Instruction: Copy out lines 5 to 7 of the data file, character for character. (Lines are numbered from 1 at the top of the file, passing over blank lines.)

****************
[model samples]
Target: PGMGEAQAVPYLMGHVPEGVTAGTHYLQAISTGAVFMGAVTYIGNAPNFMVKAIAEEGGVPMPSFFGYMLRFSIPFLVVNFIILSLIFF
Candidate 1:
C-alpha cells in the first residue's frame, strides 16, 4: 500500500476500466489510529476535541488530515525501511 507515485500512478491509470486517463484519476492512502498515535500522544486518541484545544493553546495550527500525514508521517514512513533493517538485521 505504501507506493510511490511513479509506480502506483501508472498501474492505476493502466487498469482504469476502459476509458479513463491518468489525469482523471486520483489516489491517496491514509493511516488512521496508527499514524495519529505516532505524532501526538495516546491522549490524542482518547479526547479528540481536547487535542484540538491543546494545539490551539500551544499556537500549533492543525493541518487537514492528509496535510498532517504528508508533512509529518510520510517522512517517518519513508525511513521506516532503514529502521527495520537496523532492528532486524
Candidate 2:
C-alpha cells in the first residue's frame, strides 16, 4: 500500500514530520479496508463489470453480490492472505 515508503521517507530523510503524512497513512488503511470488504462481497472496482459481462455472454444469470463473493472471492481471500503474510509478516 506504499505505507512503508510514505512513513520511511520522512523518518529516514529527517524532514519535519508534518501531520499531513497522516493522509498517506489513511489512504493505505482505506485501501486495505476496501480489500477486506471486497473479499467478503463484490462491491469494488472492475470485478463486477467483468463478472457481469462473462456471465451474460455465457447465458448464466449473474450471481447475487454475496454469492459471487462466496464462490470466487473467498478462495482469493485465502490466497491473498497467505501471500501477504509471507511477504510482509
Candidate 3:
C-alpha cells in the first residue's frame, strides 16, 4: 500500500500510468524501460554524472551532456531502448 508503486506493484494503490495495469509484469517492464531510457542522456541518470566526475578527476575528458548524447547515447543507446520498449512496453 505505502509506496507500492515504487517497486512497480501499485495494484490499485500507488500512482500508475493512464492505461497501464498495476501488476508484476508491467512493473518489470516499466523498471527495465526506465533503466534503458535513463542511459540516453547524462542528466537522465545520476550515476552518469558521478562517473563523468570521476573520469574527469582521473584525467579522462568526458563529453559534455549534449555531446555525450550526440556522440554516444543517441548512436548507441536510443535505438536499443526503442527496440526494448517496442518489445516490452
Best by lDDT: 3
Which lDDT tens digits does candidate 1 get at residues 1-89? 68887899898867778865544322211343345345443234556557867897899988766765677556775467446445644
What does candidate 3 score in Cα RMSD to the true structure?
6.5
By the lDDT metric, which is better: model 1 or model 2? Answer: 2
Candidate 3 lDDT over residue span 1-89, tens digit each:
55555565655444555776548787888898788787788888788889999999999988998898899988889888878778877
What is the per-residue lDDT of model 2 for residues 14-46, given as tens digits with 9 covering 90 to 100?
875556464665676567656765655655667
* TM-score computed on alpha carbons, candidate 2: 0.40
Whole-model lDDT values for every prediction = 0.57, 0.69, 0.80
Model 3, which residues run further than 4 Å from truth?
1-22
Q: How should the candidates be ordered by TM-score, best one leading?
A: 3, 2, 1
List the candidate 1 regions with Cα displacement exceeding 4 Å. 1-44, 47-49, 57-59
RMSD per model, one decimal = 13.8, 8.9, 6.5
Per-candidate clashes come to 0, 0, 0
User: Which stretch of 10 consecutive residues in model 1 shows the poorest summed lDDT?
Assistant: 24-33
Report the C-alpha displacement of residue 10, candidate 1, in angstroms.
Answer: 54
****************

Candidate 2:
C-alpha cells in the first residue's frame, strides 16, 4: 500500500514530520479496508463489470453480490492472505 515508503521517507530523510503524512497513512488503511470488504462481497472496482459481462455472454444469470463473493472471492481471500503474510509478516 506504499505505507512503508510514505512513513520511511520522512523518518529516514529527517524532514519535519508534518501531520499531513497522516493522509498517506489513511489512504493505505482505506485501501486495505476496501480489500477486506471486497473479499467478503463484490462491491469494488472492475470485478463486477467483468463478472457481469462473462456471465451474460455465457447465458448464466449473474450471481447475487454475496454469492459471487462466496464462490470466487473467498478462495482469493485465502490466497491473498497467505501471500501477504509471507511477504510482509
Candidate 3: